Eliot Spitzer Returns to the Campaign Trail

Former Gov. Eliot Spitzer made his first official campaign stop in more than two weeks this morning, greeting commuters in

Eliot Spitzer stopping traffic this morning in Queens.
Eliot Spitzer stopping traffic this morning in Queens.

Former Gov. Eliot Spitzer made his first official campaign stop in more than two weeks this morning, greeting commuters in a frenzied appearance outside a subway station in Jackson Heights, Queens.

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Mr. Spitzer, bursting with energy, handed out campaign fliers, cornered commuters, shook hands and bounded into traffic more than once—stopping buses, livery cars and even a North Shore ambulance as he touted his unexpected campaign for comptroller under the elevated 7-train track.

“Eliot Spitzer. I hope you’ll vote for me on September 10th,” he said, introducing himself to voters. “I hope I can count on your support September 10th,” he said again and again.

While Mr. Spitzer was left on his own during his first campaign stop–a media circus in Union Square the day after announcing his unexpected bid–this time, the former governor was surrounded by a small army of campaign staffers and volunteers, waving signs and corralling voters.

“Eliot, this is Chris.”

“Eliot, this is Sandeep.”

“Hey Eliot, this is Mario,” they said, pointing commuters his way.

“I love it. I love it. You know every part of politics is fun,” said Mr. Spitzer, taking a break to speak to a small group of cameras and reporters during the brief appearance, which was over within 15 minutes of its designated 7:30 a.m. start time.

Eliot Spitzer campaigning in Queens.
Eliot Spitzer campaigning in Queens.

As he explained, “There’s the cerebral part, sitting at your desk trying to work through a problem. There is sort of the mass media interview, surrounded by folks like you. And then there is the actual contact with real voters, which is more granular and gritty. And on a hot day, you end up sweaty and dirty. And that’s the part that politics is really all about. So I love every part of it.”

Mr. Spitzer has faced criticism for spending the past two weeks foregoing on-the-ground stops and instead making the rounds on cable and late-night talk shows, including a trip out to L.A. to tape The Tonight Show with Jay Leno and an appearance last night on Late Night with Jimmy Fallon.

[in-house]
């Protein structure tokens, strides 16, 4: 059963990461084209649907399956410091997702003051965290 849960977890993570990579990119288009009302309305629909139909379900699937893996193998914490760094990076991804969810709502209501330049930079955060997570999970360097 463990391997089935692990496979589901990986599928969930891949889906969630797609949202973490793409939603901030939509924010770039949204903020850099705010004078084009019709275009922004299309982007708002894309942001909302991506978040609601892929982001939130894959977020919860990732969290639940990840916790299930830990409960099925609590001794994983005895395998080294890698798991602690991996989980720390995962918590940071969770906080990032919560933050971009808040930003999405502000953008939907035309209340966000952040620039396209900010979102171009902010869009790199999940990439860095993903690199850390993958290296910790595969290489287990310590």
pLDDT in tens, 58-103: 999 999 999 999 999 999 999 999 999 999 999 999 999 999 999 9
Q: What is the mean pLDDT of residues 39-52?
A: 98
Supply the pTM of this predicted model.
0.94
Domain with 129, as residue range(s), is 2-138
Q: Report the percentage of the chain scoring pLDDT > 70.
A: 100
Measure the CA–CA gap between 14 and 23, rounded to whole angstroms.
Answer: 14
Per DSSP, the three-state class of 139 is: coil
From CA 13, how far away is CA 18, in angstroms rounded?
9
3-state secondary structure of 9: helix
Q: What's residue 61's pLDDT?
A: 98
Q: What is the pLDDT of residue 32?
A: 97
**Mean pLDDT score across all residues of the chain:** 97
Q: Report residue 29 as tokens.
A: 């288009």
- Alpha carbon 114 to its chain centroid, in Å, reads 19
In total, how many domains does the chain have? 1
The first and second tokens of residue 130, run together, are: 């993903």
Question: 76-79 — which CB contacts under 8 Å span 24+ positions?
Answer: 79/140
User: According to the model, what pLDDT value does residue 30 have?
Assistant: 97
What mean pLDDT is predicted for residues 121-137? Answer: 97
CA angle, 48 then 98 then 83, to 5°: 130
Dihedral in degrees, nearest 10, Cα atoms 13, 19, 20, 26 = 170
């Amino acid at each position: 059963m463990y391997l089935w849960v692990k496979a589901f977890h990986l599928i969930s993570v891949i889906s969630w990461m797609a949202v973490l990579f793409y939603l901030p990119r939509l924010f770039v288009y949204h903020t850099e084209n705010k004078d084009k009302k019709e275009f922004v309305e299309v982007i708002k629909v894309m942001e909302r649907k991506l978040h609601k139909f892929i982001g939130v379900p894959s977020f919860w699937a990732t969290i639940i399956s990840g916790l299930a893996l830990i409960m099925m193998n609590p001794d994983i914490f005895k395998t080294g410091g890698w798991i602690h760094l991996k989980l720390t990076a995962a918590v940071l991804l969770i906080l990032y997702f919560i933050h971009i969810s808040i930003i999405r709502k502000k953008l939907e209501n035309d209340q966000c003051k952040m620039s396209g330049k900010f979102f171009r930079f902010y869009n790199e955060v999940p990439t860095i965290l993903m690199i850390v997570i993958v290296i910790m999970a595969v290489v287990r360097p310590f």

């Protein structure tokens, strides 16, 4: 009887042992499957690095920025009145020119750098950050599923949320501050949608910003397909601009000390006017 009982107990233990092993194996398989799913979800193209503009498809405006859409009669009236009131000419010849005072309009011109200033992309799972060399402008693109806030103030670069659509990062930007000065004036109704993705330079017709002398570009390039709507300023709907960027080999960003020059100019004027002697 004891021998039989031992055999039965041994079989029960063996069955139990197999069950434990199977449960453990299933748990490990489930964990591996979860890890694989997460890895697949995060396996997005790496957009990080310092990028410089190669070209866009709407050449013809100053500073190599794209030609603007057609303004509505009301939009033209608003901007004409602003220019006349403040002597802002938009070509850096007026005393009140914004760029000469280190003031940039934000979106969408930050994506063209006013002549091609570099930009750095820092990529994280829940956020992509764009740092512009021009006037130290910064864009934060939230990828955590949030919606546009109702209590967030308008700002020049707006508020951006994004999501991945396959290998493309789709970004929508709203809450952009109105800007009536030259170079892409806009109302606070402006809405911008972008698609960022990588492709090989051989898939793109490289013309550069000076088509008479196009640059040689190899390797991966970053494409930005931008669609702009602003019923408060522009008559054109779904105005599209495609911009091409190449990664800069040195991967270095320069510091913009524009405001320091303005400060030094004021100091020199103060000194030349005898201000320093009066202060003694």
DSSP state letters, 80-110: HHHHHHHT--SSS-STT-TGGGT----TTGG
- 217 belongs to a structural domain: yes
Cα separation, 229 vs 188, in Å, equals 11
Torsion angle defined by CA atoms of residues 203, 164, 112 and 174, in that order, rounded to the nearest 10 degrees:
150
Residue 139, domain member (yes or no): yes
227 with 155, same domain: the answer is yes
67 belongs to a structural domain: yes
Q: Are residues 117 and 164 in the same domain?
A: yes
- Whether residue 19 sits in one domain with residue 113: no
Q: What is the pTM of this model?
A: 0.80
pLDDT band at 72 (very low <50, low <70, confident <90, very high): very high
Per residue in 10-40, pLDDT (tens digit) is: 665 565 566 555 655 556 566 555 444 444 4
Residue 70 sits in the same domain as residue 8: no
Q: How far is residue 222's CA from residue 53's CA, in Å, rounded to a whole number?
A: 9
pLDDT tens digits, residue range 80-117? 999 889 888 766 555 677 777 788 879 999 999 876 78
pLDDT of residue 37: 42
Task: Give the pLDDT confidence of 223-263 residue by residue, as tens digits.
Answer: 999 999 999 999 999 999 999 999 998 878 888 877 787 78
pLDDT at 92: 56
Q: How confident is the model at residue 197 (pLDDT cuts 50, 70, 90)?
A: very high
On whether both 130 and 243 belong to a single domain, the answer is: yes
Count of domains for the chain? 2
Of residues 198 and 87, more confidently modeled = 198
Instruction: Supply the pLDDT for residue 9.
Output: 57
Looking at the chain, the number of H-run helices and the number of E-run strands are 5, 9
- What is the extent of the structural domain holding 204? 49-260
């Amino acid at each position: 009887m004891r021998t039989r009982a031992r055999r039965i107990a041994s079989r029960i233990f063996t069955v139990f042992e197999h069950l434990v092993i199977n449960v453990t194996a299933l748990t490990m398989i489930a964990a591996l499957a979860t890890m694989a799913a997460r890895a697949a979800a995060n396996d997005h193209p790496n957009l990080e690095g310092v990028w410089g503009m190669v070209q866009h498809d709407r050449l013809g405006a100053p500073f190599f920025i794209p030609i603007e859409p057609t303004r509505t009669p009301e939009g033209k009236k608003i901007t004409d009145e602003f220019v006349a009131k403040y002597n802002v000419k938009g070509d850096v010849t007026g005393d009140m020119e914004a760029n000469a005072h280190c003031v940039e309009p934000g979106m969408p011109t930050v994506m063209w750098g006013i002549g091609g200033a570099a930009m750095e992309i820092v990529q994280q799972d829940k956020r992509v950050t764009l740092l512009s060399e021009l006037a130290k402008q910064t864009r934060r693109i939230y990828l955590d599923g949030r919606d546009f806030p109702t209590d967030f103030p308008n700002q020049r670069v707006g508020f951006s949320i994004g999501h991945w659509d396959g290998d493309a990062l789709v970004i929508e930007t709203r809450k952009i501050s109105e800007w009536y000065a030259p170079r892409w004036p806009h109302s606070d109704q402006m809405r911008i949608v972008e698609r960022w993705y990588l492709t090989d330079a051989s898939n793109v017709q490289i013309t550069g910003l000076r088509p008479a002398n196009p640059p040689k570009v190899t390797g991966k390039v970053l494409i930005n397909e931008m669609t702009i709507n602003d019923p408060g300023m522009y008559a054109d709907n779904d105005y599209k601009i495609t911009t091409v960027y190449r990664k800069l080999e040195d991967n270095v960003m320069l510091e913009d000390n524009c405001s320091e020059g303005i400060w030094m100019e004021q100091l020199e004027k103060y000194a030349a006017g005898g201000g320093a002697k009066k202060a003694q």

But Mr. Spitzer said that’s about to change, pledging to visit every borough over the course of this week and every week from now on.

Overall, the reception was positive as voters greeted the celebrity candidate five years after he resigned from office in a prostitution scandal. Many who stopped said they’d seen Mr. Spitzer during his television blitz.

“He was a good attorney general. He’s was a good governor. And I’ll vote for him,” said Yves Chery, 59, who was on his way to work in the neighborhood and said he recognized Mr. Spitzer from the news.

Joan Page, 48, a home healthcare aide from Brooklyn, was even more complimentary, gushing over the former governor.

“I wish you all the best. And you’re going to be very successful. You are a winner! A true winner is a fighter. God bless you. God bless you. God bless you,” she told him.

“He’s one of us,” she explained, telling Mr. Spitzer, “You have my vote … You are a winner, Mr. Spitzer.”

A moment later Politicker asked Ms. Page what office Mr. Spitzer was running for.

“Mayor,” she replied.

Politicker then asked Ms. Page how she knew that he was running.

“I saw him in the paper yesterday, where he slept in Harlem,” she said. In fact, it was the Democratic mayoral candidates– former Congressman Anthony Weiner, Public Advocate Bill de Blasio, City Comptroller John Liu and City Council Speaker Christine Quinn—who slept in a Harlem public housing complex overnight this weekend.

There were other notes of uncertainty. One of Mr. Spitzer’s volunteers, Brandon Cherry, 19, a student at Kingsborough Community College who lives in Brooklyn, said that he hadn’t yet made a final decision about who to vote for, but felt Mr. Spitzer deserved a chance.

“I feel as if, instead of people seeing the good that he has done, they let the bad overshadow everything that he’s trying to contribute to New York,” he said, arguing that Mr. Spitzer’s personal failings were separate from his accomplishments in office.

After the event, campaign field director Scott Harris gathered the dozen-or-so volunteers who’d come out for the occasion on a corner for a pep talk.

“Over and over, we’re defying conventional wisdom,” he told the group touting, “Spitzer for Comptroller” signs. “You know what? You all showed up. Some of you were here at six, some of you were here at seven. All of you were excited about Eliot, and that’s what we like,” he said, instructing them to give themselves a round of applause. “These are the kind of moments that build momentum in a campaign! So everybody hands up, Hand up! Eliot Spizter on 1, 2, 3!

“Eliot Spitzer!” they yelled.

Eliot Spitzer Returns to the Campaign Trail